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Short-staffed MDE could spell trouble for Maryland's drinking water

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Maryland Department of the Environment

The enforcement and inspection crews at Maryland’s Department of the Environment are woefully understaffed, a situation that could lead to a Flint, Michigan, style water crisis here, state Attorney General Brian Frosh has warned.

Frosh told the Senate’s Education, Health and Environmental Affairs committee Tuesday that the number of employees in the department’s enforcement sections has dropped significantly since 2015. The problem, he said, is agency wide, but particularly acute in the water supply system.

Citing a May 2021 EPA report, Frosh said Maryland once had a robust drinking water safety program that went above and beyond the minimum federal requirements.

“But now,” he added, quoting from the report, “due to declining resources, increasing demands in the need to make cutbacks MDE may not be able to meet the minimum requirements needed to maintain primary enforcement responsibilities.”

Frosh said the EPA report found that Maryland should have 126 employees dedicated to inspecting the state’s 3,300 drinking water systems but has barely a third of that number. That means those systems only get inspected, every three to five years instead of the recommended 12 to 18 months.

We all, at least five and a half million of us, depend upon clean drinking water, for our health, for our kids’ health,” he told the committee. “And we've seen what happens in cities like Flint, Michigan, when people are asleep at the wheel.

Committee chair Paul Pinsky, a Prince George’s Democrat, called for the hearing after a sharply critical report by the Environmental Integrity Project released last October. It found that MDE inspections of Eastern Shore poultry operations had fallen by 40 percent since 2013. The hearing expanded to include questions about the department’s staffing.

Sen. Clarence Lam, a Howard County Democrat, called the lack of staff an embarrassment to the state.

“It's like, the department is barreling down the highway at full speed when you know that you have four flat tires,” he said.

MDE Secretary Ben Grumbles conceded that he was short staffed and blamed at least some of it on COVID and what he called a “silver tsunami.”

“The reality is that, particularly during COVID, there were a lot of early retirements,” he explained “And also the changing dynamics of the private sector weighing in to do many of the inspections means we've lost some employees.”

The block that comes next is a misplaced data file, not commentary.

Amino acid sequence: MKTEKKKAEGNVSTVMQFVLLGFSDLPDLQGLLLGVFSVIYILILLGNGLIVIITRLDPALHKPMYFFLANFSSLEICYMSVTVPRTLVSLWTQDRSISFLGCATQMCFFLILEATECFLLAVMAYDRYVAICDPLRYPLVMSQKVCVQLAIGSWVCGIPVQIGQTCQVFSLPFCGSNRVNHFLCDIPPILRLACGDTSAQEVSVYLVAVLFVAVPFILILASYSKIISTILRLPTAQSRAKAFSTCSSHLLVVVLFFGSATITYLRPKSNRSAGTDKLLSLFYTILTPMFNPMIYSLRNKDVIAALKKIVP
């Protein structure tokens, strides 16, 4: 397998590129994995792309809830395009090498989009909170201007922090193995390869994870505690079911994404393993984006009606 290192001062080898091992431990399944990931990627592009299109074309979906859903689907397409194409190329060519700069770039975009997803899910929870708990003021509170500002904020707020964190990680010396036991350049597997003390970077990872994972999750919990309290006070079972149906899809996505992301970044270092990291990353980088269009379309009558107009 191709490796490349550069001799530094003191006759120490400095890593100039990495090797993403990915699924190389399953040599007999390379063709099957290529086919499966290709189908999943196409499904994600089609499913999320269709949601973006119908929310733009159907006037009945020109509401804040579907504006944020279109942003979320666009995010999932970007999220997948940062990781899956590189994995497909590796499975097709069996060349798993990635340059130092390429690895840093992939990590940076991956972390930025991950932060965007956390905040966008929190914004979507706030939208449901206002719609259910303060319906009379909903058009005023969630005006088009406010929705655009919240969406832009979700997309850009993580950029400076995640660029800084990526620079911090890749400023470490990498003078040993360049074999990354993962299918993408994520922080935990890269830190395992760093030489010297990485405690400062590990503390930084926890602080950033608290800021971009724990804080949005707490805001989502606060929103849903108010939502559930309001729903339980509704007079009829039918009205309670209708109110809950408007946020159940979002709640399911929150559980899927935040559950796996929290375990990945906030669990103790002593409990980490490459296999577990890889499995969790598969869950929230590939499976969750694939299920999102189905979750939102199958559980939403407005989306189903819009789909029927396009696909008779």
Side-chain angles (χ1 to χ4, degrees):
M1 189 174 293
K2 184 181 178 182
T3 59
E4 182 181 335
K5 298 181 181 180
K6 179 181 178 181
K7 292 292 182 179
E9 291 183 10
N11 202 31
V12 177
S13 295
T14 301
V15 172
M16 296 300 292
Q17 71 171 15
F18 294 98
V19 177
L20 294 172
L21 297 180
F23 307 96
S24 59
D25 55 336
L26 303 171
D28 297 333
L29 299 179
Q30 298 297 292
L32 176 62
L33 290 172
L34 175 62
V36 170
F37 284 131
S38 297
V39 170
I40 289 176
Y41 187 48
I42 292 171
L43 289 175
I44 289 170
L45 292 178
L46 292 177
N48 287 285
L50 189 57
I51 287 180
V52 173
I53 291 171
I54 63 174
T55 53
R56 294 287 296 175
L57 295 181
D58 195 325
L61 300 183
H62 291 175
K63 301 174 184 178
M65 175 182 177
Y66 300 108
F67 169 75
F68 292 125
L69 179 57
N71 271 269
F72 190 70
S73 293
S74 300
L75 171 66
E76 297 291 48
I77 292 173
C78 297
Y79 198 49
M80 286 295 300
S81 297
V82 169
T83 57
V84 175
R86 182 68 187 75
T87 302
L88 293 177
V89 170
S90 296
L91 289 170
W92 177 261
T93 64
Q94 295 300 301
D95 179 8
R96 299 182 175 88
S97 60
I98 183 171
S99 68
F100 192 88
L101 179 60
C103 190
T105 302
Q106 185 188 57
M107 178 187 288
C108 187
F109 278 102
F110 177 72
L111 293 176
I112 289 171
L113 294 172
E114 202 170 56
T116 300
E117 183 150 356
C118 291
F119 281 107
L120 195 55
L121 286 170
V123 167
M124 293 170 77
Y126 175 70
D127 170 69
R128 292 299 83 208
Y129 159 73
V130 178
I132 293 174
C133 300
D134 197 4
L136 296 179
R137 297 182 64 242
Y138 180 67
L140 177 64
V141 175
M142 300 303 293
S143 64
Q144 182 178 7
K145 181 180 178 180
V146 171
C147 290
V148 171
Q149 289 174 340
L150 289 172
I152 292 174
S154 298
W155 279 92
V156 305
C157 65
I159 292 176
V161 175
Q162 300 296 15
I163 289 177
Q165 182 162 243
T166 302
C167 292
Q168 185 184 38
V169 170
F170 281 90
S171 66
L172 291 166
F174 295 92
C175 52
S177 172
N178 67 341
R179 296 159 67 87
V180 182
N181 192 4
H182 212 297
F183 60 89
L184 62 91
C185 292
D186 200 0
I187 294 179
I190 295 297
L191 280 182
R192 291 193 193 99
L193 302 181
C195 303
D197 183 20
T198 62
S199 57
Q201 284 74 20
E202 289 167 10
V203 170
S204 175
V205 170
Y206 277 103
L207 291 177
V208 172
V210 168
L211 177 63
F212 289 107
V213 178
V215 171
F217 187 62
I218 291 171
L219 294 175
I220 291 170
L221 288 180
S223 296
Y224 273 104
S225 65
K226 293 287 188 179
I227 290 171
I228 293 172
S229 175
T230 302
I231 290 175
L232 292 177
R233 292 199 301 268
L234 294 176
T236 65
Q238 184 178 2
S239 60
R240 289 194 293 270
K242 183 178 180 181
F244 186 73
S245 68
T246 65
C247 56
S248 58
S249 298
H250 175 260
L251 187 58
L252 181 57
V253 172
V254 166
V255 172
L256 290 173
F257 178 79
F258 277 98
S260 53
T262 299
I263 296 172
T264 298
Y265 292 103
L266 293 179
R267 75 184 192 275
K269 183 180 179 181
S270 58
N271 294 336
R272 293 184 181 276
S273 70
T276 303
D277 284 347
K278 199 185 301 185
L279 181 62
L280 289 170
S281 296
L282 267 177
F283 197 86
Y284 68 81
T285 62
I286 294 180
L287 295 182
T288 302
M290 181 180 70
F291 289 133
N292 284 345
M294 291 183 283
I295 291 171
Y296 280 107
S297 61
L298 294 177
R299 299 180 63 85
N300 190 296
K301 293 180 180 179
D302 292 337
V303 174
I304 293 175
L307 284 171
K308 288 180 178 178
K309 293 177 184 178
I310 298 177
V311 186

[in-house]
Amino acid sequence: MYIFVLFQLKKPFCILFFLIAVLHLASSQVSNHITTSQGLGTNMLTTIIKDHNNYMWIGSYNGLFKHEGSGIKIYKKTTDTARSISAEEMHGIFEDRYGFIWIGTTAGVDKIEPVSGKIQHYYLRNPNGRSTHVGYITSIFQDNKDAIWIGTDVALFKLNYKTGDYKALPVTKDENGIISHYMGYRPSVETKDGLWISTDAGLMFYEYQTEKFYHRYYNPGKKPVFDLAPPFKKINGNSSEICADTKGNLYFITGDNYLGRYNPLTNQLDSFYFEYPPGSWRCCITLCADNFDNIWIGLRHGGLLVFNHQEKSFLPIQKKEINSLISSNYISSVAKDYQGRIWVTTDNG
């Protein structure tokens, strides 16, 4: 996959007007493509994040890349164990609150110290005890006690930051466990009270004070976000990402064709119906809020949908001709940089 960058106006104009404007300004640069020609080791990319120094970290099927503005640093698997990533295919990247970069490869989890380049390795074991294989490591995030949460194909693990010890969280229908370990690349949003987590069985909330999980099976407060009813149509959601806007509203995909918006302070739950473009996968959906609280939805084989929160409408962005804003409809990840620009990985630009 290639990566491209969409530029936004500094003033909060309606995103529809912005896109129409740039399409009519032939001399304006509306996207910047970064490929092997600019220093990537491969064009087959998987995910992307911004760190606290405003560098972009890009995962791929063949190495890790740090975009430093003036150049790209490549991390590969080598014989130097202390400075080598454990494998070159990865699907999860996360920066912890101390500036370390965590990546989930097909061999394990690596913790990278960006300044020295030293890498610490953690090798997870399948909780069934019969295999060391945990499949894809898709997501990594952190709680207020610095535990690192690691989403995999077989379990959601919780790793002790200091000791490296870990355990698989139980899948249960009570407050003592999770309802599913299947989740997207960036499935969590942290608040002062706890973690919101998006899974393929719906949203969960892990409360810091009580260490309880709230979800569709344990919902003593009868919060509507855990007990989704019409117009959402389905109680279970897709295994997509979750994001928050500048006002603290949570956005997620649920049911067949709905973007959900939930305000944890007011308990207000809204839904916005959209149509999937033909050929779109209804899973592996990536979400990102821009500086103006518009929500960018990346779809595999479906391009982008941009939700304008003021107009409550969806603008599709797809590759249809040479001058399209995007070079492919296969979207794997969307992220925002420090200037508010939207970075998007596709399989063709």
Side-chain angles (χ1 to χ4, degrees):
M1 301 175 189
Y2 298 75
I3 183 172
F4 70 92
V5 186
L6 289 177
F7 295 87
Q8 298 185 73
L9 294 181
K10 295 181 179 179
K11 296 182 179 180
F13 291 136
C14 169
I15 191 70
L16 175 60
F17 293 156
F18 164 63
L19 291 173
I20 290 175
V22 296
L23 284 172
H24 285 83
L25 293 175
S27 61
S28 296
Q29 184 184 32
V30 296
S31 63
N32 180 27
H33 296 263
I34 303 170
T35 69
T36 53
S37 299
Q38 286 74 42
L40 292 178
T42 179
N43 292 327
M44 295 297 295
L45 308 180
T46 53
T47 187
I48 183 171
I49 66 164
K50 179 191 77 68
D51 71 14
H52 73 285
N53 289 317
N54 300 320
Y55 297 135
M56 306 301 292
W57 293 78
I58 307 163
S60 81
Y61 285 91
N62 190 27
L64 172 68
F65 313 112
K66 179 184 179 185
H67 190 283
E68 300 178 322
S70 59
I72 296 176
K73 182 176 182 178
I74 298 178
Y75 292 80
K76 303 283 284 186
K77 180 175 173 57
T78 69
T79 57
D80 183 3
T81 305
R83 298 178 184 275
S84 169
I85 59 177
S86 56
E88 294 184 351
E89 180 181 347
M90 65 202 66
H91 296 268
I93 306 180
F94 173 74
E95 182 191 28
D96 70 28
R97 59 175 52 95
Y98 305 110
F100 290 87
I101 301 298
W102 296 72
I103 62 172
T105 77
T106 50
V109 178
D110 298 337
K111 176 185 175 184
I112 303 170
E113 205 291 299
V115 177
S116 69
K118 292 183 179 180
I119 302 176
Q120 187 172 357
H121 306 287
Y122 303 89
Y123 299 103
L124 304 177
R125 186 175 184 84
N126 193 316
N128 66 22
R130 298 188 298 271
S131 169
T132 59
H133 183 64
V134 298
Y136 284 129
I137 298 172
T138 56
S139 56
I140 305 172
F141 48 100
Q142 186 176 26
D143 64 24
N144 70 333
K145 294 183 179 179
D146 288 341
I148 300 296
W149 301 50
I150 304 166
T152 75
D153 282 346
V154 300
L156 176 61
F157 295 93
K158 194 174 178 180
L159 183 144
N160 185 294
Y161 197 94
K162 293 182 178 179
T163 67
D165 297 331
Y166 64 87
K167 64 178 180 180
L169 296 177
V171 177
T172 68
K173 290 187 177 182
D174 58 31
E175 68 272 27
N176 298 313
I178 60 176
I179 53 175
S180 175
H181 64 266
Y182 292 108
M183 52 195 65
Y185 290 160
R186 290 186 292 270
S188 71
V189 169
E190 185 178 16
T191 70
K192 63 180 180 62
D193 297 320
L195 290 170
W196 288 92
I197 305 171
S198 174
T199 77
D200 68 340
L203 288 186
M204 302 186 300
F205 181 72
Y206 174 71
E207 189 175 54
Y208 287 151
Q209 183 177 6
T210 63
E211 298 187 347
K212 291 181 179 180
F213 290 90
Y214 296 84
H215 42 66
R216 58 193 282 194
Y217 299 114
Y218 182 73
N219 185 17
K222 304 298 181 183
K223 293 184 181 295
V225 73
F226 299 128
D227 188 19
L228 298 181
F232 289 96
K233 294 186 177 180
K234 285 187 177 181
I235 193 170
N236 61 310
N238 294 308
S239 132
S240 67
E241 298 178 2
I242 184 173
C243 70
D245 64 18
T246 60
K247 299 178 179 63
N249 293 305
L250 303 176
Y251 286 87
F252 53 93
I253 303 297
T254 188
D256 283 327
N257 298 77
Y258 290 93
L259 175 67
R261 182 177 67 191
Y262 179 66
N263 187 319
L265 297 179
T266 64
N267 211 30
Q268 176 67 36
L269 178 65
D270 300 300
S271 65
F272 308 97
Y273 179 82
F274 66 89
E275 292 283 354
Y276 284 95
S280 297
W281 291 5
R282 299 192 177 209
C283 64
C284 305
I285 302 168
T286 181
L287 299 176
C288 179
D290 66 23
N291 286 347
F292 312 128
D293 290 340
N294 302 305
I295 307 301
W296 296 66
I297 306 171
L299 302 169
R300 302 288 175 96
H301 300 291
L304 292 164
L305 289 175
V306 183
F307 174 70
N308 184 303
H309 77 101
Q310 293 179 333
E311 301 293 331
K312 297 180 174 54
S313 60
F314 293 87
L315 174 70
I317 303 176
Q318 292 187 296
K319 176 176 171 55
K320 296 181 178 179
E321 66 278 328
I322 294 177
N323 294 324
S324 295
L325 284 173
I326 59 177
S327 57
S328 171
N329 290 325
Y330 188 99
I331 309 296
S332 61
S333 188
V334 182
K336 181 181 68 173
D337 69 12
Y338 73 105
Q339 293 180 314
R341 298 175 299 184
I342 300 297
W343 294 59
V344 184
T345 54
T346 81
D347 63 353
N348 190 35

He said it is sometimes difficult to find and keep qualified people for these kinds of jobs in the Washington metro area, where federal agencies and environmental consulting firms pay better than the state.

But he promised to increase the work force and the number of inspections.

“I'm committed to ensuring that the number of inspections we do increases by 50% over the calendar year.”

Part of that increase could be accomplished by using remote, video inspections, he said. Sen. Cheryl Kagan, a Montgomery County Democrat and vice chair of the committee, called that “a little bit terrifying,” rather than reassuring.

“Right now, people in this Zoom Room can see my lovely…awards behind me,” she said “But what if all around me behind me is a hot mess. Nobody would see that. And folks will show what they want to show.”

She asked Grumbles how he would have any confidence in what people were showing his inspectors.

Grumbles said the use of videos predated the COVID pandemic and has the full support of EPA. He said an operator of a poultry facility, for example, would have a camera and be directed by the inspector from a desk.

“The regulator would be telling the operator, ‘Okay, I want you, I want you to go to this piece,” he explained. “So I want to see if you are implementing the nine controls that are called for in the CAFO permit. Or I want to see how you’re storing the manure.”

It wouldn’t be a substitute for onsite inspections, he said, but “an increasingly valuable tool.”